Laughing Gas Could Be A Sign Of Life On Distant Planets

Humanity's search for life beyond Earth includes our own solar system and exoplanets. A team of astrobiologists suggests exploring for nitrous oxide, or laughing gas, as sign of life in other worlds.

Nitrous oxide can make people giggle, but this suggestion is serious. It's about expanding what we look for when hunting for biosignatures in exoplanets' atmospheres.

Biosignatures are chemical components in a planet's atmosphere that potentially suggest life. They often contain gases that are abundant in the Earth's atmosphere today.

Schwieterman is the lead author of an article on the topic that was published this week in The Astrophysical Journal.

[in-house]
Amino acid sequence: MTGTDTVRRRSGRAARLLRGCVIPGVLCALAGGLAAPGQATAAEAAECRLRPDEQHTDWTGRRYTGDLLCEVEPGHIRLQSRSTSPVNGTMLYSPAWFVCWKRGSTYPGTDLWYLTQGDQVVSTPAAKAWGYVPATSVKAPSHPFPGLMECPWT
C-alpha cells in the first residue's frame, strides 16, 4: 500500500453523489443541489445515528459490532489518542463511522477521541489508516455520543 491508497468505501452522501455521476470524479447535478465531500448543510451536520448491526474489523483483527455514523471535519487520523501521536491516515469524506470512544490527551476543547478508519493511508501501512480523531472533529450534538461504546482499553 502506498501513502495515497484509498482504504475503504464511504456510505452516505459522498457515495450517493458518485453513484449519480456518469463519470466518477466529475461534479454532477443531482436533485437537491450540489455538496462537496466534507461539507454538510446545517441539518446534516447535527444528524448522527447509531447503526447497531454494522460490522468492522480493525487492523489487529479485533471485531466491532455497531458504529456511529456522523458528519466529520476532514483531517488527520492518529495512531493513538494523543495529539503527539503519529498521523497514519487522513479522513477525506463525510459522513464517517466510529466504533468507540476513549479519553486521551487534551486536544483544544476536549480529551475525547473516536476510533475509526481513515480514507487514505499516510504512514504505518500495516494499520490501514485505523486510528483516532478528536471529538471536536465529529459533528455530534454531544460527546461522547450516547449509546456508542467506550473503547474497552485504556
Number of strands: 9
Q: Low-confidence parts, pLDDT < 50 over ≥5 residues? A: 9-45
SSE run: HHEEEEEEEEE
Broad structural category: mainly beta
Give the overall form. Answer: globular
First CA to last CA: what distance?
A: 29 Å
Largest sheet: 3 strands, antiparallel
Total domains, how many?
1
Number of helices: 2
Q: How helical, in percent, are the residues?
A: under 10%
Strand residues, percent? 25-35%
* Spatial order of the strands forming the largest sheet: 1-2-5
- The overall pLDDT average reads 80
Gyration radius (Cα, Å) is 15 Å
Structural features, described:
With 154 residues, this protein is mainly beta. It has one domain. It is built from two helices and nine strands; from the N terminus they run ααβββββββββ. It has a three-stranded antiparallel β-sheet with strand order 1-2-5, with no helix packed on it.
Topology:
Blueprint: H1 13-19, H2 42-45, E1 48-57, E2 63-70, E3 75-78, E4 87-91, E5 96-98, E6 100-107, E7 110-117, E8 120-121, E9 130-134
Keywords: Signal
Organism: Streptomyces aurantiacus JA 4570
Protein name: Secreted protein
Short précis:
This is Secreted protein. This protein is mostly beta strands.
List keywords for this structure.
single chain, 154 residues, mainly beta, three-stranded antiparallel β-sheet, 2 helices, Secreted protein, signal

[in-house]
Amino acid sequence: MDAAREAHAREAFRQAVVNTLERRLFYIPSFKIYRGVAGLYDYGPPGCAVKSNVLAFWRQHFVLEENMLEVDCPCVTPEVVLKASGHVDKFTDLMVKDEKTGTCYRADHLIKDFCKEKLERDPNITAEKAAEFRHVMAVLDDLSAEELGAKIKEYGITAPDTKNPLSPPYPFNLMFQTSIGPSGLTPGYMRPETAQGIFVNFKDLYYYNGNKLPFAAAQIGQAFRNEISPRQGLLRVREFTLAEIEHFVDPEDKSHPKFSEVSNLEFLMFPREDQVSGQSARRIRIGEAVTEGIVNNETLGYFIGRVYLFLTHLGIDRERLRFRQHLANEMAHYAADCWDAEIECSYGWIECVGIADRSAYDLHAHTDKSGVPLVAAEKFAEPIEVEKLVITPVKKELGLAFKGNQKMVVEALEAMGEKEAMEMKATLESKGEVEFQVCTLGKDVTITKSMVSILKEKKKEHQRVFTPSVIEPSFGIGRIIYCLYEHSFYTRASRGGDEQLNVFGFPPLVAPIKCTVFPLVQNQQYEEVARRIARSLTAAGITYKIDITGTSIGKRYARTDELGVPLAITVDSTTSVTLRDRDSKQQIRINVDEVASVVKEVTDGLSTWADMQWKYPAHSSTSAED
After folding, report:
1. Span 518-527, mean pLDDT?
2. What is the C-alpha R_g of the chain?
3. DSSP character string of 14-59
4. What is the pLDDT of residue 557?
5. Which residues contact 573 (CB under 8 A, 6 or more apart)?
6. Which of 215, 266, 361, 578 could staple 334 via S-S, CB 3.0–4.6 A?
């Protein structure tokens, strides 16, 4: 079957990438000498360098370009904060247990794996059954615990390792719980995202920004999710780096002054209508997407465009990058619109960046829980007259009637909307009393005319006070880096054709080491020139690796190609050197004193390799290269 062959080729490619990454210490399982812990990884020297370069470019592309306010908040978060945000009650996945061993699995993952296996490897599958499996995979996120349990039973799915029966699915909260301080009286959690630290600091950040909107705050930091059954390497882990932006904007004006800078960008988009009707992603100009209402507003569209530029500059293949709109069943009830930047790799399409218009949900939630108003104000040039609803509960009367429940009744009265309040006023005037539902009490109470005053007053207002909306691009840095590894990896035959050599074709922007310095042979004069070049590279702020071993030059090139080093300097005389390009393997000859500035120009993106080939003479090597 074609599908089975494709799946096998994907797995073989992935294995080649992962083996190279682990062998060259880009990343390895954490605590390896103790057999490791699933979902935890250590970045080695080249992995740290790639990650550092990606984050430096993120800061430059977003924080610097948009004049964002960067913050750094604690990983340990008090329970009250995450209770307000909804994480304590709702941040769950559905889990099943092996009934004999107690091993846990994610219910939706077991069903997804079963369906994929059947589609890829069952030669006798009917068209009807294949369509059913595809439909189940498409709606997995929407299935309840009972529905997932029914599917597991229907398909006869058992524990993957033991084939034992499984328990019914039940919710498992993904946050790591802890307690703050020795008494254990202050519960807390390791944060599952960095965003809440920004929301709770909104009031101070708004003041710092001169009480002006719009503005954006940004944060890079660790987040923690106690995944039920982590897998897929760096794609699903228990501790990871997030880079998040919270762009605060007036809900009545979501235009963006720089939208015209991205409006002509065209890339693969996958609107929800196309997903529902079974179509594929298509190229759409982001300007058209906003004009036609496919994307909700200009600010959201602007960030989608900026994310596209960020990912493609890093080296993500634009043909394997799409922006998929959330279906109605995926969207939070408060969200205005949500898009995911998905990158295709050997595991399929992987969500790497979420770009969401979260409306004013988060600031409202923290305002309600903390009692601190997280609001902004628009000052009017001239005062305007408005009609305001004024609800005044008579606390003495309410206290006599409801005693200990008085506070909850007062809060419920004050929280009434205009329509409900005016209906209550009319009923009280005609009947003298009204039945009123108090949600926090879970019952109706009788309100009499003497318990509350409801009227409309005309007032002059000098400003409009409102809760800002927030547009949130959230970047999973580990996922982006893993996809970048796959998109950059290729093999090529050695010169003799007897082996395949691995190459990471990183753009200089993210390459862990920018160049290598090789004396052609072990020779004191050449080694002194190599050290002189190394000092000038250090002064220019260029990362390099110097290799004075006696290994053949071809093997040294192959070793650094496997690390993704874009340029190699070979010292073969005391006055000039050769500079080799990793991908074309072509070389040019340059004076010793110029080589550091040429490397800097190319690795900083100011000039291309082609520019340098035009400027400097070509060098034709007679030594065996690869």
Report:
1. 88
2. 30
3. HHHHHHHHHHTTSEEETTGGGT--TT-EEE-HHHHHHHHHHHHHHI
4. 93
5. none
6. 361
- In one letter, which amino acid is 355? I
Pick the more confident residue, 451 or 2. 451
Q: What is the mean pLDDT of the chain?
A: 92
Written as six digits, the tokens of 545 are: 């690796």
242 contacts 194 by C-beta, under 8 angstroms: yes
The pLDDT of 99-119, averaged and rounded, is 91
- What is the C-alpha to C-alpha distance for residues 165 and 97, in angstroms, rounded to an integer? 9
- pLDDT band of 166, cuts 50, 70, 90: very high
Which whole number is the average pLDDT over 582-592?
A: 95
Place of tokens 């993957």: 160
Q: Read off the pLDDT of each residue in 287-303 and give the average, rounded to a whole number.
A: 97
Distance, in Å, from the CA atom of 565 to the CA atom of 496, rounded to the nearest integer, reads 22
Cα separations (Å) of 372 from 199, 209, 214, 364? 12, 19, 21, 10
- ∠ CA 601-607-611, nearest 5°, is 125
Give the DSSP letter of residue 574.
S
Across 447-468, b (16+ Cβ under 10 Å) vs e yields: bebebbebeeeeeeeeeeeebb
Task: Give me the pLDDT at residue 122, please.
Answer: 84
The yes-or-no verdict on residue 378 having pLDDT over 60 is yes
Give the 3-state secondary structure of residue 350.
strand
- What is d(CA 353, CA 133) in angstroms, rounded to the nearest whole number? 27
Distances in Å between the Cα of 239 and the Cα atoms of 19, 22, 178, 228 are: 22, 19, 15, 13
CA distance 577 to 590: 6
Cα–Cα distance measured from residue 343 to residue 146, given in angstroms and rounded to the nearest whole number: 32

Nitrous oxide may be produced by microbes on Earth, although it is not currently abundant in our atmosphere. This implies that it may not be worth hunting for on exoplanets.

Living creatures can make N2O in several ways. Microorganisms convert other nitrogen molecules into N2O to produce cellular energy.

Schweitermen's team used computer models to simulate how living things might make nitrous oxide on other planets. They found scenarios where the gas could act as a unique biosignature.

The researchers propose that observatories capable of studying exoplanet atmospheres, such as the James Webb Space Telescope, be utilized to look for nitrous oxide.

Trappist-1, a neighboring star system with some fascinating Earth-size planets, would be an ideal testing ground for the idea.